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The lights go down.
Heavy metal chords ring out.
It is clear that Deep Purple have lost none of their ability to rock.
I’ve seen the loudest band of all time (Guinness Book of Records) twice: in Kyiv in 2011 and in Vienna in 2017. I was fortunate enough to share a beer with Roger Glover and other band members after both shows. (more…)
I recently read East West Street by British law professor and international human rights expert Philippe Sands.
If you have any interest in the cataclysm which overtook eastern and central Europe between 1933 and 1945, I recommend East West Street. It explains the development of the concepts of “crimes against humanity” and “genocide” against the background of the Second World War and the appalling crimes which took place in the run up to, and during, that conflict.
It also considers the relevance of what happened in 1933-45 today.
My copy of ‘East West Street’. The endorsements ring true
Sands humanises and illustrates his account by focusing on four individuals. Hersch Lauterpacht was a professor of International Law who developed the concept of crimes against humanity. Rafael Lemkin was a prosecutor and lawyer who developed the concept of Genocide. Hans Frank was Hitler’s lawyer and later governor-general of German-occupied Poland from 1940-45. Leon Buchholz was Sands’s grandfather, who died in Paris in 1997 (‘He took Lemberg to the grave, along with a scarf given to him by his mother in January 1939. It was a parting gift from Vienna, my mother told me as we bade him adieu.’) (more…)
I crave good thrillers. But they are vanishingly rare.
So when I find a book with a compelling plot, rich characters, horrifying jeopardy and seat-edge cliff-hangers, I fall on it like a starving man on a feast.
I am Pilgrim by Terry Hayes is such a thriller – an epic, breathtaking romp from New York to Afghanistan to Bahrain to Gaza to Bodrum to Bulgaria and back. I really enjoyed it.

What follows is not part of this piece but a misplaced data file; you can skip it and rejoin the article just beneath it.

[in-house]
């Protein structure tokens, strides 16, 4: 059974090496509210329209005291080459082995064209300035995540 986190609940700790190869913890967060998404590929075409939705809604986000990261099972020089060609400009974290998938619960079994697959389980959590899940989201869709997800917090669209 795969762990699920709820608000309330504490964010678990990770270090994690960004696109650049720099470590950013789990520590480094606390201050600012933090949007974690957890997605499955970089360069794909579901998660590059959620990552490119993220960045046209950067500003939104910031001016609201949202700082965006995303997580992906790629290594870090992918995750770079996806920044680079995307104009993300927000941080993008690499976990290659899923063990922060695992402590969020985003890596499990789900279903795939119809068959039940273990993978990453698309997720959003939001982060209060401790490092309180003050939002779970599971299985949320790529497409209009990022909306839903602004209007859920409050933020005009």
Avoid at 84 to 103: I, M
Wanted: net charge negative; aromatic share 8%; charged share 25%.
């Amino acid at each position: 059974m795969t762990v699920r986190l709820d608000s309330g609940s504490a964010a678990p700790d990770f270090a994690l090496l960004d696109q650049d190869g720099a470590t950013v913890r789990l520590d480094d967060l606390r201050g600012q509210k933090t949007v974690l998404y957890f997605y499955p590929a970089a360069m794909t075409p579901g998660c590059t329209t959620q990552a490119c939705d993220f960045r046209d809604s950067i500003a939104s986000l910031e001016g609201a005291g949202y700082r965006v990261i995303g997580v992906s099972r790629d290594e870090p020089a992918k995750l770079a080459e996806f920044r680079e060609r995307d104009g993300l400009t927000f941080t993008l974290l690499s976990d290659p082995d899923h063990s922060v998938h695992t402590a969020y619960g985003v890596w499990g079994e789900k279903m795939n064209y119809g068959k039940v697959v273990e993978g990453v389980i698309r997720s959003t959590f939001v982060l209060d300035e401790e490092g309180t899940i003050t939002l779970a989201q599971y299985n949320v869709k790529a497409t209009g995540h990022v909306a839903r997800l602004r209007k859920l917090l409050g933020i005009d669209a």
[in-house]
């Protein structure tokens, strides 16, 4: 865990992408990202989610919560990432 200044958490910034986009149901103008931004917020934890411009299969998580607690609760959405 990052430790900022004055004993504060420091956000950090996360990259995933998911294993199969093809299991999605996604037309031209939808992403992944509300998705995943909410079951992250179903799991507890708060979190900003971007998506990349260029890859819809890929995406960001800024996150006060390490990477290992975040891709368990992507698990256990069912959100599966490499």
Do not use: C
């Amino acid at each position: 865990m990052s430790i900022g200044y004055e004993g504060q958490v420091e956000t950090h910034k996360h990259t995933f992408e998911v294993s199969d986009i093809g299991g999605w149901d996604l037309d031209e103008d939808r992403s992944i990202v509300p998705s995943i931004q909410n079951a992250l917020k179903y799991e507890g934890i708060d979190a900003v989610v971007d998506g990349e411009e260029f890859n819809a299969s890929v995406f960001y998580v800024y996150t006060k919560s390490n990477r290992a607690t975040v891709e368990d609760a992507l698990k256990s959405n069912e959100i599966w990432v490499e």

Here (no spoilers) are some reasons it works well:
- characterisation: the outstanding feature of the novel. Both the bad guy (“The Saracen”) and the protagonist, the US-trained superspy codenamed “Pilgrim” (both Saracen and Pilgrim can also mean “Nomad”), are richly drawn, with enough back story to fill several novels. This can be irritating: the book is so long that some threads of detail disappear (Pilgrim’s drug habit) or reappear without having been described in the first place (the Saracen’s dead wife). But on the whole the characters, including a host of minor players, gleam like diamonds. This makes you care about them;
- action: the action scenes are thrilling. A firefight in an Afghan village, the ghastly deaths of three hostages, the theft of some medical supplies from a heavily-guarded facility – all will have you on the edge of your seat;
- evil: the consequences with which the world – and specifically the US – will threatened if Pilgrim does not succeed in his mission are both credible and horrific. The potential horror is illustrated early on in the book in microcosm, leaving you praying it will not come about on a bigger scale;
- good: Pilgrim has an unerring moral compass which draws sympathy – a bit like Lee Child’s Jack Reacher (links in bold italics are to other posts on this blog). Other characters also have clear moral values. Even “The Saracen” plans his act of evil for reasons which he believes are pure and noble;
- richness: Hayes reaches deep into characters to create insights which enrich and illuminate the book. For example, he creates a Jewish character who has survived the Holocaust and hangs around the Bebelplatz – a memorial to the 1933 book-burning by Nazis in Berlin – to highlight a point: when millions of people, a whole political system, countless numbers of citizens who believed in God, said they were going to kill you – just listen to them. Later, Pilgrim inspires a cynical musician who has lost his mojo to resume his musical career – just in passing. The book is full of warm, fascinating detail;
- I am Pilgrim contains some fine epigrams. I liked Evidence is the name we give to what we have, but what about the things we haven’t found? and If you want to be free, all you have to do is let go;
- The structure of the book is outstanding. Hints from opening chapters flower into relevance hundreds of pages later. For example Pilgrim’s early hatred of the practice of torture by “waterboarding” sets the scene for it to be used later. The early love of an anonymous Geneva banker for his family becomes a key to the resolution;